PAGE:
What is Rosacea?
Rosacea is a chronic condition mostly affecting facial skin. It presents as chronic intermittent redness of the skin and inflammation. Rosacea is similar in appearance to acne and affects mostly fair skinned people of Northern European origin. Some know it as the “Celtic curse” because it is so common in people of Irish descent. More than 17 million individuals have some degree of rosacea in the US, and more than 45 million people are affected worldwide. Because rosacea imitates intense adult acne it is usually misdiagnosed and mistreated as acne. The parts of the body most affected are usually the face, nose, cheeks, chin and forehead. But it can appear on the neck, back and chest in some cases.
Symptoms of Rosacea
- Face redness may be persistent and unrelenting with progressive worsening or intermittent (in other words, the redness comes and goes).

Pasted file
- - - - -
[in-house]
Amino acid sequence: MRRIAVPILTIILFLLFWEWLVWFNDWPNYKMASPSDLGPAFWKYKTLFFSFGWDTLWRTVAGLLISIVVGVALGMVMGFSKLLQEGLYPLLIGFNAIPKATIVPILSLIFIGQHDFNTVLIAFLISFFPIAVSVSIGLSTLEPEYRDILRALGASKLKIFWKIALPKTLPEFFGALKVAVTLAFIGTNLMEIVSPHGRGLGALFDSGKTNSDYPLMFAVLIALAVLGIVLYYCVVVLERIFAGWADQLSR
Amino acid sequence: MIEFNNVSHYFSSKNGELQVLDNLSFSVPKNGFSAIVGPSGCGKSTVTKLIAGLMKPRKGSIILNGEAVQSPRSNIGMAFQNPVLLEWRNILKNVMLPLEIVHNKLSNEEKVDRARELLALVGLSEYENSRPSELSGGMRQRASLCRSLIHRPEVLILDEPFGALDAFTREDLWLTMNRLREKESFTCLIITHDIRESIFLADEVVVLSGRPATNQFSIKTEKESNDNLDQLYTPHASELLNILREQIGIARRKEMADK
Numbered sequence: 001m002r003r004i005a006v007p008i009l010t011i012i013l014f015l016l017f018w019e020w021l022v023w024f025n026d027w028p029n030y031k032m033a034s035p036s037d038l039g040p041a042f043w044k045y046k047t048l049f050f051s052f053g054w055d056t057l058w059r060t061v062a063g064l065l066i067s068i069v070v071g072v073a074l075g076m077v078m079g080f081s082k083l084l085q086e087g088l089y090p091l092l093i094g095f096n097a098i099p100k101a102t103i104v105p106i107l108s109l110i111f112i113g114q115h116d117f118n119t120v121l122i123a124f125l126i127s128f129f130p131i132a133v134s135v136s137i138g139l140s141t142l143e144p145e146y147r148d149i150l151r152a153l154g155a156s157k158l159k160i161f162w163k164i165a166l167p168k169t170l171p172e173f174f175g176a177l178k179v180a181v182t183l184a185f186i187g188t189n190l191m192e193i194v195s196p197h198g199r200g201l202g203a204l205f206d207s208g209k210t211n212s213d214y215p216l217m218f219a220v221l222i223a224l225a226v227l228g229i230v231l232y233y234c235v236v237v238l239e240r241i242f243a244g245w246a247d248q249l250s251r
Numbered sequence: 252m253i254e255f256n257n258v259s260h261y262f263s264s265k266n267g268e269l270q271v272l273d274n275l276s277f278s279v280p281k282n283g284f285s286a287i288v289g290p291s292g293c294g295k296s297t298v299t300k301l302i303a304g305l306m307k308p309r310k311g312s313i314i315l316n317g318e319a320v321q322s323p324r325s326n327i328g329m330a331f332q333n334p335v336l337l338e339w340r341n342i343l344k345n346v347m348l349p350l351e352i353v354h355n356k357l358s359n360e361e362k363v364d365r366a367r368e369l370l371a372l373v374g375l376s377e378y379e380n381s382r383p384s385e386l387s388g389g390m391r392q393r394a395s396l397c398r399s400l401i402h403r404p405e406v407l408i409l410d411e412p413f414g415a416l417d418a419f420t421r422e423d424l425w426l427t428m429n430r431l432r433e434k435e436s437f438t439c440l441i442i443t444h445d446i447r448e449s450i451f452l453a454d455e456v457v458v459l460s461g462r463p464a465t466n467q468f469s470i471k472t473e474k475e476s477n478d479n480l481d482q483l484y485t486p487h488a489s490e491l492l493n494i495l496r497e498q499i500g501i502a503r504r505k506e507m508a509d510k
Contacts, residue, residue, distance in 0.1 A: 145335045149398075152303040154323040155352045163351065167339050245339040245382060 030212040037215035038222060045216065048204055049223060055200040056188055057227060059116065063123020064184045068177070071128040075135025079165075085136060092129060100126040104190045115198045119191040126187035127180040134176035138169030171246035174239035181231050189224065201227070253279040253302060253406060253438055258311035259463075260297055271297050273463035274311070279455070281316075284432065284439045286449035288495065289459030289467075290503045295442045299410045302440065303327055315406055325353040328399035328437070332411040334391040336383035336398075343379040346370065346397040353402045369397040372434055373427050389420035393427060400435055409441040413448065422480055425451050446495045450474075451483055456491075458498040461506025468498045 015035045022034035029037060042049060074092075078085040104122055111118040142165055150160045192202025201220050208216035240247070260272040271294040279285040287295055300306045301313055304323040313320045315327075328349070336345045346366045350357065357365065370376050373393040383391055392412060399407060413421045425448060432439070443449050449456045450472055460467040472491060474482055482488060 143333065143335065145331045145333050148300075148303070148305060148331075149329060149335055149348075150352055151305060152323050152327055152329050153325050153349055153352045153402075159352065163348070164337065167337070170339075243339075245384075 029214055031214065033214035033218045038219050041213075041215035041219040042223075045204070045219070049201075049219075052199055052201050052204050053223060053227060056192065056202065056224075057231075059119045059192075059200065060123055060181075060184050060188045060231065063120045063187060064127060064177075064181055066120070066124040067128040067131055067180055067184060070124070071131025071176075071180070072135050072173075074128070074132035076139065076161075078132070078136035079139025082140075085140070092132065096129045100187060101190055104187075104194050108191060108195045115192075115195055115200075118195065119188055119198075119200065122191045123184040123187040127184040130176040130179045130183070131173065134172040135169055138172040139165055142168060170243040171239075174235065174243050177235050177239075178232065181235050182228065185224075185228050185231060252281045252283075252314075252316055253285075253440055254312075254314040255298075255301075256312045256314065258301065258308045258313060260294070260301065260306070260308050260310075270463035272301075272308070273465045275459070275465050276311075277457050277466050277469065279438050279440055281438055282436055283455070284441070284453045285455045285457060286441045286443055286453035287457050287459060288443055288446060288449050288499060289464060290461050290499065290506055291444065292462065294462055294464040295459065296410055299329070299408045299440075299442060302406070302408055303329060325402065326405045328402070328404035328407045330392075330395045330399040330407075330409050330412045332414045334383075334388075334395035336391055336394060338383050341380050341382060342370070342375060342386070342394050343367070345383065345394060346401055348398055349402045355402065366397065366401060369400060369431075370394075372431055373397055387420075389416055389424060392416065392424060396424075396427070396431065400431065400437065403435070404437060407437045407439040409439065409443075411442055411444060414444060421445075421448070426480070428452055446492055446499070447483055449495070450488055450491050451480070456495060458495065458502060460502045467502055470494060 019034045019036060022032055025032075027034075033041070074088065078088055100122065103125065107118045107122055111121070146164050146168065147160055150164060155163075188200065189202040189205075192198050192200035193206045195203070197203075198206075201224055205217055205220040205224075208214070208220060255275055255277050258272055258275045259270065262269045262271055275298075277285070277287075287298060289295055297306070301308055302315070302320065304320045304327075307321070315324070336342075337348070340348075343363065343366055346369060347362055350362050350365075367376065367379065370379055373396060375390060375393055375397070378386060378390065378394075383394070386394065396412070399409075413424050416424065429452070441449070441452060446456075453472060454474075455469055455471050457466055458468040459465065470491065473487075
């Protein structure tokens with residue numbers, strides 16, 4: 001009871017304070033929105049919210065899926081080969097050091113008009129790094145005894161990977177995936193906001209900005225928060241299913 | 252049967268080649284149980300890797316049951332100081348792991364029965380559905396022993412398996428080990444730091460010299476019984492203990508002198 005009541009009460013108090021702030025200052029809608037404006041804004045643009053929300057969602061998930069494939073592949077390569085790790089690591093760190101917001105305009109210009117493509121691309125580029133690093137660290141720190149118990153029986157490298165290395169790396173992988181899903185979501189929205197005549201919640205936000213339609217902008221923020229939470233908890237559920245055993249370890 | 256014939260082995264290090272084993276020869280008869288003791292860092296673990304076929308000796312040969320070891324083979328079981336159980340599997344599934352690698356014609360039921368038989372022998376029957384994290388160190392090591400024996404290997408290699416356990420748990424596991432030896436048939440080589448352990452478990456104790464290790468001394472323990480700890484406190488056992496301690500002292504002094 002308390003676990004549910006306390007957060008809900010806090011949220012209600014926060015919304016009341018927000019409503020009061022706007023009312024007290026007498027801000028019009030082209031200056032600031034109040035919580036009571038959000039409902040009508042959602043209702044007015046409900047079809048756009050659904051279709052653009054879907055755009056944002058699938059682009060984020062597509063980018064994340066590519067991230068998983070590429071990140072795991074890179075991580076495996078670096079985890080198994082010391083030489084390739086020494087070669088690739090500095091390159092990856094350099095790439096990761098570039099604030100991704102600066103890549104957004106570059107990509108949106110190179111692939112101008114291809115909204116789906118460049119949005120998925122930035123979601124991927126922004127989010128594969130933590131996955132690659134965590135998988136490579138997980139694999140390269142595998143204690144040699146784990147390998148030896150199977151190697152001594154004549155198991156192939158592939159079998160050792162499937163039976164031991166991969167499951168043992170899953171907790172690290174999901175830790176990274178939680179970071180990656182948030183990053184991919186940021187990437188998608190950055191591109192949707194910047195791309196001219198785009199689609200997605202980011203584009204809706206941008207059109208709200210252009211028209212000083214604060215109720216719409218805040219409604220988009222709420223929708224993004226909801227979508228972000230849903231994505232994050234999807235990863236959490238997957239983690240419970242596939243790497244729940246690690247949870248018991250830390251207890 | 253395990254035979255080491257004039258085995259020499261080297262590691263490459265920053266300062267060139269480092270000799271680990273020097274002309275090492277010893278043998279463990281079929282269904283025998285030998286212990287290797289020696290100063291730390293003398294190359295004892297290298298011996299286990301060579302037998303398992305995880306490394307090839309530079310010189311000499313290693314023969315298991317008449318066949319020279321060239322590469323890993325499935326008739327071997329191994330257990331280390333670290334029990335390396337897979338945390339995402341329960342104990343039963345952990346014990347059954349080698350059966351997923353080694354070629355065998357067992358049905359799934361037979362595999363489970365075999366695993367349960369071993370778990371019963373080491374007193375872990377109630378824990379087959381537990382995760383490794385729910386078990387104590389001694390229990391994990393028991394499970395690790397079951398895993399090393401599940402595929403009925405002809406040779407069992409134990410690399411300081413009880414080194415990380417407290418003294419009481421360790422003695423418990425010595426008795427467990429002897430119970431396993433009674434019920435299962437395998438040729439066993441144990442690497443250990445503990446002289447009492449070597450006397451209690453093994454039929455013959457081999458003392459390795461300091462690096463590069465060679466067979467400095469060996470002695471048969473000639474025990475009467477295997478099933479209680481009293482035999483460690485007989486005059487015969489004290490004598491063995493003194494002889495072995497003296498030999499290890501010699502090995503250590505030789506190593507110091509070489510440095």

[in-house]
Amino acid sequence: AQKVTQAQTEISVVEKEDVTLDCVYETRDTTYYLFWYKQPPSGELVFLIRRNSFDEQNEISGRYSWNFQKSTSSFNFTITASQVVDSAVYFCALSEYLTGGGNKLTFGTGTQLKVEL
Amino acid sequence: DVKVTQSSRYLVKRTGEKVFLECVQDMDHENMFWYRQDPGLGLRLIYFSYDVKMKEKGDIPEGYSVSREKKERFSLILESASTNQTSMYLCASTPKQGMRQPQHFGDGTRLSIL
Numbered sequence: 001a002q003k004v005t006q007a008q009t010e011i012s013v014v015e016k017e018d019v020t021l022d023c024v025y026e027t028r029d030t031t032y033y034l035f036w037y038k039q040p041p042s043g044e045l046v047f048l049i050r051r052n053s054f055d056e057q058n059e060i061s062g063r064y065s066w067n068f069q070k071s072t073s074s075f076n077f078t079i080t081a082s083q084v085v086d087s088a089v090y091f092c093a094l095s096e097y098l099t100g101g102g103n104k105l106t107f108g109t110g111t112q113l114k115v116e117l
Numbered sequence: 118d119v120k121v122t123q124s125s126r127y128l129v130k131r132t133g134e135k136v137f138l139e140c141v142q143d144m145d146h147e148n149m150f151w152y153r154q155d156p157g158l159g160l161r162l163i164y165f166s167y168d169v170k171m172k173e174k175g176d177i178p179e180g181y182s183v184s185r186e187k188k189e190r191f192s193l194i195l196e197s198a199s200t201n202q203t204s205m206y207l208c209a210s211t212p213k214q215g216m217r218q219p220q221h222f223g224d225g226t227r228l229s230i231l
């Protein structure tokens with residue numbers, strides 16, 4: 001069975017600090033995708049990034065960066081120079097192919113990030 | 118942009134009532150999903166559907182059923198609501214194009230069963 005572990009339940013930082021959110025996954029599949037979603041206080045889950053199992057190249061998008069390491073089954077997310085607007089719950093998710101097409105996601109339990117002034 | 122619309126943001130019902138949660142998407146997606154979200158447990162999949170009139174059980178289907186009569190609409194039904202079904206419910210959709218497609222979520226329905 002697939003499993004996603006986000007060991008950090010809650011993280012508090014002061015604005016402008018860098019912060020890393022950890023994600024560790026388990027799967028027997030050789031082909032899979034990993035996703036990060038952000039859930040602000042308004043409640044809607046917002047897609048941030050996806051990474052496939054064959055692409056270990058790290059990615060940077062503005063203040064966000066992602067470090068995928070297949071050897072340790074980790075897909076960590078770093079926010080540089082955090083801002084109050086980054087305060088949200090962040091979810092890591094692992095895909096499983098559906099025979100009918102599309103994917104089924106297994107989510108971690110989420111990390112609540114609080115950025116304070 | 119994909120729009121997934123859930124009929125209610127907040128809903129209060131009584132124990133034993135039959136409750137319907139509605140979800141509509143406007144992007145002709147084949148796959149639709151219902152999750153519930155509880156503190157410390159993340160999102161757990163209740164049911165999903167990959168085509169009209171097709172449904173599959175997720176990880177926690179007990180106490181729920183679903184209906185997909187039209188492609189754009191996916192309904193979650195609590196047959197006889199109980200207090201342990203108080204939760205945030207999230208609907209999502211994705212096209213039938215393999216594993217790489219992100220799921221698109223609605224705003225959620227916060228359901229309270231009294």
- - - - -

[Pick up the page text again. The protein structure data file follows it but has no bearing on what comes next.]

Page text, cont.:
- Blushing and flushing
- Pimples, red pustules, hard painful bumps and swellings
- Resembles acne
- Dilated extensive spider veins of the cheeks nose chin and forehead, which tend to proliferate aggressively when provoked by irritants as sun exposure, hot and cold baths, red wine, spicy foods and many more
Rosacea Without Treatment
Usually Rosacea will not go away on its own, but it is intermittent with short periods of remission. However, if left untreated, the rosacea progresses to worse. At times it settles on the nose and makes the tip of the nose large with lumps and pustules, and the condition is known as rhinophyma.
What is Rhinophyma?
Rhinophyma is inflammation and redness of the nose with extensive network of dilated capillaries. Eventually the skin over the nose becomes thickened with enlarged unsightly nodules and bumps. Rhinophyma originates as extreme rosacea.